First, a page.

Picking The Right India ETF

October 07, 2016

The new head of India’s Reserve Bank cut the country’s key lending rate this week to the lowest level in five years.

The reason for the “surprising” move, as Forbes put it, was sluggish global growth. But to ETF investors, the cut could very well translate into a wave of new capital flows into India’s market, and the strengthening of its currency.

In other words, it could be good news to Indian equity ETFs.

From the Forbes article, a key takeaway:

“From a big picture view, deflation, disinflation and then low inflation in the developed world is going to be correlated with inflation in the developing world, says Jack McIntyre, portfolio manager of Brandywine Global, a Philadelphia based investment management firm with $70 billion under management. The convergence of global inflation is due to globalized capital flows into higher yielding nations coupled with the fact that companies are still shifting their production to low cost areas, like India. ‘I believe we are going to see more and more of these rate cuts. That should attract additional capital, which could help strengthen the currencies. The flip side is that we have to see what happens with monetary policy in the developed world’ he said.”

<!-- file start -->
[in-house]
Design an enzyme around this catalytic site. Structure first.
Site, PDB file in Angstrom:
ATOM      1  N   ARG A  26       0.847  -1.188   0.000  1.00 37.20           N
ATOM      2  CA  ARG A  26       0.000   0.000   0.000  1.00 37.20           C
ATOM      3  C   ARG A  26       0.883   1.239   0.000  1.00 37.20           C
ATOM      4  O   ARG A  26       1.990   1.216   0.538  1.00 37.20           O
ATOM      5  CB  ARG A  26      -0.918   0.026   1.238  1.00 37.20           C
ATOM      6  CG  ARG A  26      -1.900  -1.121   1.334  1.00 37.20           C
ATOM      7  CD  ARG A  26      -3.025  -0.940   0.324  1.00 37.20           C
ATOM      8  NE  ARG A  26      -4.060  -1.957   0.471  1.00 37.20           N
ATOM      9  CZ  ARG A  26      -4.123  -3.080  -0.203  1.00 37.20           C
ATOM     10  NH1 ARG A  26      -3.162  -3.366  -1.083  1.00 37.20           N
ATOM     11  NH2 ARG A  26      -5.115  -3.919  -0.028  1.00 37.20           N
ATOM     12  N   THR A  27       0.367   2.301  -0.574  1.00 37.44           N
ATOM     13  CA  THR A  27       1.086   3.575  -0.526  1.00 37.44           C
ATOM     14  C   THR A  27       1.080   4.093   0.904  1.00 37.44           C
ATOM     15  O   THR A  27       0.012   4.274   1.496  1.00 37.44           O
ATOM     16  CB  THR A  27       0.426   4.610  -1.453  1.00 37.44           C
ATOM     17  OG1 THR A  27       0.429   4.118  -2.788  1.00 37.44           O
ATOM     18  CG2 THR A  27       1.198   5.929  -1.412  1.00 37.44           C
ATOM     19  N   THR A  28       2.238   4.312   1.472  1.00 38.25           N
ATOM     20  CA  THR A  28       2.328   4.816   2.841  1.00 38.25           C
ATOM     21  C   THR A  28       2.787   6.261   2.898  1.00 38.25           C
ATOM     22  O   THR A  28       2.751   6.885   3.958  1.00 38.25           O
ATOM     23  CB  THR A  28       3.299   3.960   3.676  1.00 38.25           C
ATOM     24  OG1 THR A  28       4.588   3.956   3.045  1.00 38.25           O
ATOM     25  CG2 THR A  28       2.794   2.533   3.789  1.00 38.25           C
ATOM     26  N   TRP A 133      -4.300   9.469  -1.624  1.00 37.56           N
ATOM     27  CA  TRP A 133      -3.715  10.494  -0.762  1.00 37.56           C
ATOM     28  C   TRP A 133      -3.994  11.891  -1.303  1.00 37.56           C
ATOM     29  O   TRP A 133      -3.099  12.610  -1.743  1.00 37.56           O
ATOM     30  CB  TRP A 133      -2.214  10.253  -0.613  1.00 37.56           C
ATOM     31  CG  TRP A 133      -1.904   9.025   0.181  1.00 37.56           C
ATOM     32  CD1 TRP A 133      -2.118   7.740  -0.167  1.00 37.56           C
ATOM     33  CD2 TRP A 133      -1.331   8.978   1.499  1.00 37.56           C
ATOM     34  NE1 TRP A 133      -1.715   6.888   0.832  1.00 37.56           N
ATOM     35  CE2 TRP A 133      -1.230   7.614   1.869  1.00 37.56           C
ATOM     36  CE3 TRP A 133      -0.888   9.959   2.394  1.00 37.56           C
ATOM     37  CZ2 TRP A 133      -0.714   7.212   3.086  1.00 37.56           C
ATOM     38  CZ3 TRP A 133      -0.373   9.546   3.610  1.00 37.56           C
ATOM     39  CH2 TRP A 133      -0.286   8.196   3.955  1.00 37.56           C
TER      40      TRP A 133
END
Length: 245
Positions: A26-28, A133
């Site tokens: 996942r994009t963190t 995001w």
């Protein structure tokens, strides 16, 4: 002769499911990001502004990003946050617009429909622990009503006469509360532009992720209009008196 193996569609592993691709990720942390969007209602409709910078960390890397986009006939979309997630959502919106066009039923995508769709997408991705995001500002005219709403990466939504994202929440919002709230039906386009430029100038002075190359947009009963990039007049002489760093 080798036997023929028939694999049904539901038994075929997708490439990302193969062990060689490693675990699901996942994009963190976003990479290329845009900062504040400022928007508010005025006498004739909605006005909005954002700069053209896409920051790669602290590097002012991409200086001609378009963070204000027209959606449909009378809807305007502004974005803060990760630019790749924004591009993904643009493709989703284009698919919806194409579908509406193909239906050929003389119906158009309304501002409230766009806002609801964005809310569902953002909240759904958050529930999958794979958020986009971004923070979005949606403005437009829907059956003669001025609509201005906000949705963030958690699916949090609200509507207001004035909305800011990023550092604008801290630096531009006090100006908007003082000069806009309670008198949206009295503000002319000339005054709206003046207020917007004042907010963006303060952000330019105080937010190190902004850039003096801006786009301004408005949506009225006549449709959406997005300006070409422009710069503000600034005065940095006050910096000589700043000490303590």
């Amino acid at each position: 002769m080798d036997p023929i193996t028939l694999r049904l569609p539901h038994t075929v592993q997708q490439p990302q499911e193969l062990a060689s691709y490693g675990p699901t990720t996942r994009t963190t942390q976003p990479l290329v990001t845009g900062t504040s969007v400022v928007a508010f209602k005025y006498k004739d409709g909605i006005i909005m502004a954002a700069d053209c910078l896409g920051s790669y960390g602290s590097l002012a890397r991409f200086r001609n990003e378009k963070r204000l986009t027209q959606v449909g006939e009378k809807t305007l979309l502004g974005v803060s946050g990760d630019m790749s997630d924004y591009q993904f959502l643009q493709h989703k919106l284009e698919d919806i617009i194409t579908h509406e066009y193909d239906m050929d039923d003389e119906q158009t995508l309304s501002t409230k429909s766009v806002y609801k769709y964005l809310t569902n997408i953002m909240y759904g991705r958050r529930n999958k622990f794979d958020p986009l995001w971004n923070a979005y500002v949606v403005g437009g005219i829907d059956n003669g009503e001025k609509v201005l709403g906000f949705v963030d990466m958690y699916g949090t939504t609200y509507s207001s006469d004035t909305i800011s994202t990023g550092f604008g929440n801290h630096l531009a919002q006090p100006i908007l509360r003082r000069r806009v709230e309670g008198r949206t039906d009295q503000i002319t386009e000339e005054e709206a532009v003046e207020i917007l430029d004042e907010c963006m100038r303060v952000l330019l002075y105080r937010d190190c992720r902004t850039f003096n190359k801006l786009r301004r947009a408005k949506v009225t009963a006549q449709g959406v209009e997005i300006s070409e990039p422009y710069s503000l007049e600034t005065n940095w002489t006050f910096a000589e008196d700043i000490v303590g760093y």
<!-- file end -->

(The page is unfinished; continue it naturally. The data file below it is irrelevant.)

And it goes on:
So far this year, India-focused equity ETFs have done well, testing a technical bottom twice in February and March, and rallying upward since. The strength is partly related to a generalized improvement in emerging markets. But accommodative monetary policy usually bodes well for stock prices, and India’s new head of the central bank, Urjit Patel, is clearly willing to intervene.

Consider the chart below plotting year-to-date performance of some of the largest India ETFs relative to broad emerging market strategies such as the iShares Core MSCI Emerging Markets ETF (IEMG) and the Vanguard FTSE Emerging Markets ETF (VWO):

 

Chart courtesy of StockCharts.com

 

Investors looking to own Indian equities through an ETF have several options. Below we detail a few.

There are three India total market ETFs that aren’t leveraged or inverse:

INDA is the biggest and most popular India-equities ETF on the market today. The fund covers about 85% of India’s market cap. It tilts away from small-cap securities, which isn’t all that surprising in markets that are harder to access.

INDA’s popularity is tied to the fact that the fund is cheap to own relative to others in this segment; it’s comprehensive in exposure; and it offers good liquidity, trading an average of $65 million in daily volume with a spread of about 0.03%.

The fund has 73 holdings, and allocates most heavily to financials, which represent about 22% of the portfolio. Technology comes second.

 

EPI is a total market ETF, but one that offers a slightly alternative take on the space by selecting and weighting its portfolio of India equities based on earnings. EPI essentially offers access to the companies that have had strong earnings in the most recent fiscal year.